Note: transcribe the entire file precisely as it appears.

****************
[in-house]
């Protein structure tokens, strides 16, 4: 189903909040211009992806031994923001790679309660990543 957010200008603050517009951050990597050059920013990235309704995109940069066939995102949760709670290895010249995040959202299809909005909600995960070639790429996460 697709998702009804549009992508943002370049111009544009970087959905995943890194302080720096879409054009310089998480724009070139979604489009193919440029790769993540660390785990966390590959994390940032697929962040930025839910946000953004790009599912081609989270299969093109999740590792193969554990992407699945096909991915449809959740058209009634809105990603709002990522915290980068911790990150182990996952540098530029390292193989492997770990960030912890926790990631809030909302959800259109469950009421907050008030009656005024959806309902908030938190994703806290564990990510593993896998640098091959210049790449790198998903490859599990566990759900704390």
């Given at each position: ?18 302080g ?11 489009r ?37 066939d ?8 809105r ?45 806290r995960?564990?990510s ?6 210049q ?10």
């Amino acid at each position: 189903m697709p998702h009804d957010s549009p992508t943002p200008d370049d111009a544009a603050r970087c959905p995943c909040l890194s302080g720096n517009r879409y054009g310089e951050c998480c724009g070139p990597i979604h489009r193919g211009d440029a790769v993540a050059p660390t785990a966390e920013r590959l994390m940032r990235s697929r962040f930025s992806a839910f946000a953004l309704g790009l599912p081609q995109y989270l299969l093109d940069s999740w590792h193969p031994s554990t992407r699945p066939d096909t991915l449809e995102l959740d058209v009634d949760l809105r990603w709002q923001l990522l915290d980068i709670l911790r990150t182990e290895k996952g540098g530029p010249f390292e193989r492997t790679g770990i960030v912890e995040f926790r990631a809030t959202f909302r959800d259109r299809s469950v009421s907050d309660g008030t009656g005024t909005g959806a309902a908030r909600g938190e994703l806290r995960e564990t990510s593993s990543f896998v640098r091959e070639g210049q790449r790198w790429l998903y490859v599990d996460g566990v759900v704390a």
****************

[in-house]
């Protein structure tokens, strides 16, 4: 189903909040211009992806031994923001790679309660990543 957010200008603050517009951050990597050059920013990235309704995109940069066939995102949760709670290895010249995040959202299809909005909600995960070639790429996460 697709998702009804549009992508943002370049111009544009970087959905995943890194302080720096879409054009310089998480724009070139979604489009193919440029790769993540660390785990966390590959994390940032697929962040930025839910946000953004790009599912081609989270299969093109999740590792193969554990992407699945096909991915449809959740058209009634809105990603709002990522915290980068911790990150182990996952540098530029390292193989492997770990960030912890926790990631809030909302959800259109469950009421907050008030009656005024959806309902908030938190994703806290564990990510593993896998640098091959210049790449790198998903490859599990566990759900704390």
């Given at each position: ?18 302080g ?11 489009r ?37 066939d ?8 809105r ?45 806290r995960?564990?990510s ?6 210049q ?10």
């Amino acid at each position: 189903m697709p998702h009804d957010s549009p992508t943002p200008d370049d111009a544009a603050r970087c959905p995943c909040l890194s302080g720096n517009r879409y054009g310089e951050c998480c724009g070139p990597i979604h489009r193919g211009d440029a790769v993540a050059p660390t785990a966390e920013r590959l994390m940032r990235s697929r962040f930025s992806a839910f946000a953004l309704g790009l599912p081609q995109y989270l299969l093109d940069s999740w590792h193969p031994s554990t992407r699945p066939d096909t991915l449809e995102l959740d058209v009634d949760l809105r990603w709002q923001l990522l915290d980068i709670l911790r990150t182990e290895k996952g540098g530029p010249f390292e193989r492997t790679g770990i960030v912890e995040f926790r990631a809030t959202f909302r959800d259109r299809s469950v009421s907050d309660g008030t009656g005024t909005g959806a309902a908030r909600g938190e994703l806290r995960e564990t990510s593993s990543f896998v640098r091959e070639g210049q790449r790198w790429l998903y490859v599990d996460g566990v759900v704390a």